The Thursday Thesis -22/8/2019
They are two words I adore.
They’re solid words, and there’s something very reliable and dependable about them: they stand for accuracy and certainty, a gimlet-eyed no-nonsense attention to detail and a straight-backed “X marks the spot” rigour that borders on being finicky.
I love the words, but recoil from their rigidity.
Nobody could argue against Precision and specificity in the study of absolute measurements: mathematics, logic and the like.
But they’re words which don’t play nicely. Their strictness excludes them from the creative act, because they lack the sense of fun which is the hallmark of invention, creativity, the arts and true insight.
They are also the sworn enemies of learning.
So, how do we learn best?
It turns out that learning can be learned and accelerated - just like any other skill.
The trick is to begin with what I call Useful Generalisations: the core ideas which are true for the great majority of cases, the great majority of the time. In other words, find out what works most of the time, and which – logically – has the highest probability of being correct, most of the time.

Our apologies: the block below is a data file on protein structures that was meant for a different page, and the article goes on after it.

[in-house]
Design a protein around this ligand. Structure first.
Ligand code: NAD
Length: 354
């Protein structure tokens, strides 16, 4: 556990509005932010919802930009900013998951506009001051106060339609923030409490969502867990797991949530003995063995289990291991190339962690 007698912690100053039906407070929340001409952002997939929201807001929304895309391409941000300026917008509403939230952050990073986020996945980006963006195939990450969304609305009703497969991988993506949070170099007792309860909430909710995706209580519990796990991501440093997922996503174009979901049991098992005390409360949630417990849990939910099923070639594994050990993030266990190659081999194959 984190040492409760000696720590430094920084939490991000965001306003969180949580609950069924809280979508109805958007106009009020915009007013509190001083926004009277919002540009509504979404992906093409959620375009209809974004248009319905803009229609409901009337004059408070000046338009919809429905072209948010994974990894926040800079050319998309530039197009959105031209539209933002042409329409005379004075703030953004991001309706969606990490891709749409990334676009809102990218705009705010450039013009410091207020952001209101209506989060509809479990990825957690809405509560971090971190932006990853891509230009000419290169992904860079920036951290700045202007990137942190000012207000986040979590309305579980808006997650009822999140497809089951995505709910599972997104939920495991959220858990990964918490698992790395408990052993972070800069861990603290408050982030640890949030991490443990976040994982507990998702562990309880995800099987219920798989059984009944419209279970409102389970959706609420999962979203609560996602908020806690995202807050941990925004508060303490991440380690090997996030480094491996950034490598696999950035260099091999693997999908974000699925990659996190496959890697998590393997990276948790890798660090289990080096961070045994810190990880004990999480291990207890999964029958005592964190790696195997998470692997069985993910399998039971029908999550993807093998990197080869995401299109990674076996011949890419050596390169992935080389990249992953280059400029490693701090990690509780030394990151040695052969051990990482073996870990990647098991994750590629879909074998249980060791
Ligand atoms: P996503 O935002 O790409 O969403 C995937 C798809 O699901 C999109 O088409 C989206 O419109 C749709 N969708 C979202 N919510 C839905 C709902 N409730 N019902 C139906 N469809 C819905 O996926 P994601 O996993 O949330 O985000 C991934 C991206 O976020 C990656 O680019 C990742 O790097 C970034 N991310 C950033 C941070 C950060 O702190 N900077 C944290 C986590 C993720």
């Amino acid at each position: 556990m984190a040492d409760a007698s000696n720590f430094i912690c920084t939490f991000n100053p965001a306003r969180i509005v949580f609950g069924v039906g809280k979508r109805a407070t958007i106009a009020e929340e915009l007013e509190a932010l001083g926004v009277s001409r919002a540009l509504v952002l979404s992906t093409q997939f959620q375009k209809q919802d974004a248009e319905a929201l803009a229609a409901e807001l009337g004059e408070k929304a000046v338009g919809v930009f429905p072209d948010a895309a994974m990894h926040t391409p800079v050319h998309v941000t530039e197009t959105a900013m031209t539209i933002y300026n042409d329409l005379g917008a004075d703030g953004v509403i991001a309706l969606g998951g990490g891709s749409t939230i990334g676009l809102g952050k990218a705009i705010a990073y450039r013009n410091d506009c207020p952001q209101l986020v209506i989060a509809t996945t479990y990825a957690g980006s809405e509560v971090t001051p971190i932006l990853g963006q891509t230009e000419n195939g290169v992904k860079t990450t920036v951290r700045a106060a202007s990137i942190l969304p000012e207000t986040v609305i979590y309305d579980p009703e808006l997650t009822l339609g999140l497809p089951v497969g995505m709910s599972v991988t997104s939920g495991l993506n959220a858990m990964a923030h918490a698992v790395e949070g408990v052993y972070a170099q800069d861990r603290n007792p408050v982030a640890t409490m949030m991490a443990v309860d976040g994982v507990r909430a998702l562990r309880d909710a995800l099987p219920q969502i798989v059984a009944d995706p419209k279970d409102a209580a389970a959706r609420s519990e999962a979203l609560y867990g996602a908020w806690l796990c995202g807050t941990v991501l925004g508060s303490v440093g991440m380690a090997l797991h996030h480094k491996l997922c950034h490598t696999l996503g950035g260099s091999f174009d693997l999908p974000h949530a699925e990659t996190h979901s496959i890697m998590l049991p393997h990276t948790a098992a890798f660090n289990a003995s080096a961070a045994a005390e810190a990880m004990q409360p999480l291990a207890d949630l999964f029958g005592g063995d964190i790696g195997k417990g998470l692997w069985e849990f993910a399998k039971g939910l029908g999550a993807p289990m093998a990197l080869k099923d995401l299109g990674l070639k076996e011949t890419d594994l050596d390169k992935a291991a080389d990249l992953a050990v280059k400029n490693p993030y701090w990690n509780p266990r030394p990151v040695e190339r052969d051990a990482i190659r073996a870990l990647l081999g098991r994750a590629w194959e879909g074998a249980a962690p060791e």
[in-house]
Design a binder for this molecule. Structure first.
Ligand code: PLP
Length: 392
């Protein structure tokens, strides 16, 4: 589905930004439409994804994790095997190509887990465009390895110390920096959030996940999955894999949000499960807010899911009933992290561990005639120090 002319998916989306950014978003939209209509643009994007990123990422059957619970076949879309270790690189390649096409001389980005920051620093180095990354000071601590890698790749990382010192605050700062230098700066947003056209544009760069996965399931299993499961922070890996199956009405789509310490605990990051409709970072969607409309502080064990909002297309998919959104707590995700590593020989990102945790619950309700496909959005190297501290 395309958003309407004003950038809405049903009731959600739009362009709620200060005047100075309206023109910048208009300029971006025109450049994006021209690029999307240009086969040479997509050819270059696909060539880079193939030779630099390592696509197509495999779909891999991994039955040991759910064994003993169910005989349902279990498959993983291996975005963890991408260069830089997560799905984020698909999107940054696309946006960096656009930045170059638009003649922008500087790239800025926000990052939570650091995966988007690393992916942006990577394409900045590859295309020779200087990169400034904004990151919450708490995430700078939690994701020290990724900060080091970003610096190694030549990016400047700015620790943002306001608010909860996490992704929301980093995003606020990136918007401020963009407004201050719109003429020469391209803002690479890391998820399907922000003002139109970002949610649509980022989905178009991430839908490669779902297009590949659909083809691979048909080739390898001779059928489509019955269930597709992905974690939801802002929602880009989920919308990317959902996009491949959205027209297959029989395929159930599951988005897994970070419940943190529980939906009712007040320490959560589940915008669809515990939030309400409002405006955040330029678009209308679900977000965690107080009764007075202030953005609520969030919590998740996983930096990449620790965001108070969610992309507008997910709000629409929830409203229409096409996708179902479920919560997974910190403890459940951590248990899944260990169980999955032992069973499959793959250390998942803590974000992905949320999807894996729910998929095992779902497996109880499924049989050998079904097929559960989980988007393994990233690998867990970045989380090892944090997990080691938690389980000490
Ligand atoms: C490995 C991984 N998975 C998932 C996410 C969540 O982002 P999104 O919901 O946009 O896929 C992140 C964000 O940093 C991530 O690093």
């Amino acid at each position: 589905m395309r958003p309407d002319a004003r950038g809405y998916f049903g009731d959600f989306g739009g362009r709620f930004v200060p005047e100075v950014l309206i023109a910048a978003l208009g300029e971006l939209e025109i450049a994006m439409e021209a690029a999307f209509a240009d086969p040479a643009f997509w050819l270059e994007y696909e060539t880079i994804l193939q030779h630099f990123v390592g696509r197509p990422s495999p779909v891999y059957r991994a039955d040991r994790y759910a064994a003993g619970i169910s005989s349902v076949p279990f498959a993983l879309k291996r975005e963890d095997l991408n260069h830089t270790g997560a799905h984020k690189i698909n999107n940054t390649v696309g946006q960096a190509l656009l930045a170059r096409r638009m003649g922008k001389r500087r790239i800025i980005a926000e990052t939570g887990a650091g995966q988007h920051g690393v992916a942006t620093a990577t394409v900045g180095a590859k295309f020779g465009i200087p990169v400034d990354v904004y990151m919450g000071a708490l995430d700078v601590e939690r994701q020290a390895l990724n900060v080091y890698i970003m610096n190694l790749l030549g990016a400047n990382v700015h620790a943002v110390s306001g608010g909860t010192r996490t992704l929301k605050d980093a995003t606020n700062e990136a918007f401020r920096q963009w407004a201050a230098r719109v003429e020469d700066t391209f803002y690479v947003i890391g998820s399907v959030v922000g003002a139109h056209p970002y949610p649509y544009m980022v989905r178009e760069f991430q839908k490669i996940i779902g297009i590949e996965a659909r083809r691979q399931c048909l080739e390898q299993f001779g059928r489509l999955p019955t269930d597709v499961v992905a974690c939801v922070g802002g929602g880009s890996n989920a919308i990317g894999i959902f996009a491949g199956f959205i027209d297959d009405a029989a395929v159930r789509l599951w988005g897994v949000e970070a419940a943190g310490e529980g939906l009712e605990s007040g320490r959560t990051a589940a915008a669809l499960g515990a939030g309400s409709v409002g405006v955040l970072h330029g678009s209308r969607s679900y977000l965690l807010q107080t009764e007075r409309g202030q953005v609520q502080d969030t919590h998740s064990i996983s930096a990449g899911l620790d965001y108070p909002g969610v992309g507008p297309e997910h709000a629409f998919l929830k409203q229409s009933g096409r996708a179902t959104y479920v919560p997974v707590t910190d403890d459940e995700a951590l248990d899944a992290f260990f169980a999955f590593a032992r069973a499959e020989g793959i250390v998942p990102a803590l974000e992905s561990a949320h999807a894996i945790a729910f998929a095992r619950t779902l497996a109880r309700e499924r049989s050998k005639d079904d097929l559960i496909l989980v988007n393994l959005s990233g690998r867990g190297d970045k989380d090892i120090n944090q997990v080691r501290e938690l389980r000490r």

With the most common and therefore most useful concepts secured, we can shift our attention to the next most likely occurrences: the most common exceptions to the Useful Generalisations. By noting their deviations from the Useful Generalisations we can develop a set of rules – an algorithm – we can now handle the great majority of situations and occurrences.
This learning pathway always delivers the most “Bang for the Buck” for us, because it always attends to the highest-returning investment of our time first, and prevents us from becoming lost in the fine detail of the seldom-encountered, the rare, and the unusual.
So to begin learning anything always try to find experts - teachers, coaches and mentors to show you the most important ideas first.
With hindsight, trying to teach myself something I didn’t know how to do was not a wise approach, and it cost me too much time.
Yet I tried it, and the chances are that you have done so, too.
The Broad Sweeps, the Big Ideas and the Useful Generalisations must come before the unlikely, the Rare, the Precise and the Specific, because (to quote Goethe) “...the things which matter most must never be at the mercy of the things which matter least...”
© Neil Cowmeadow 2019
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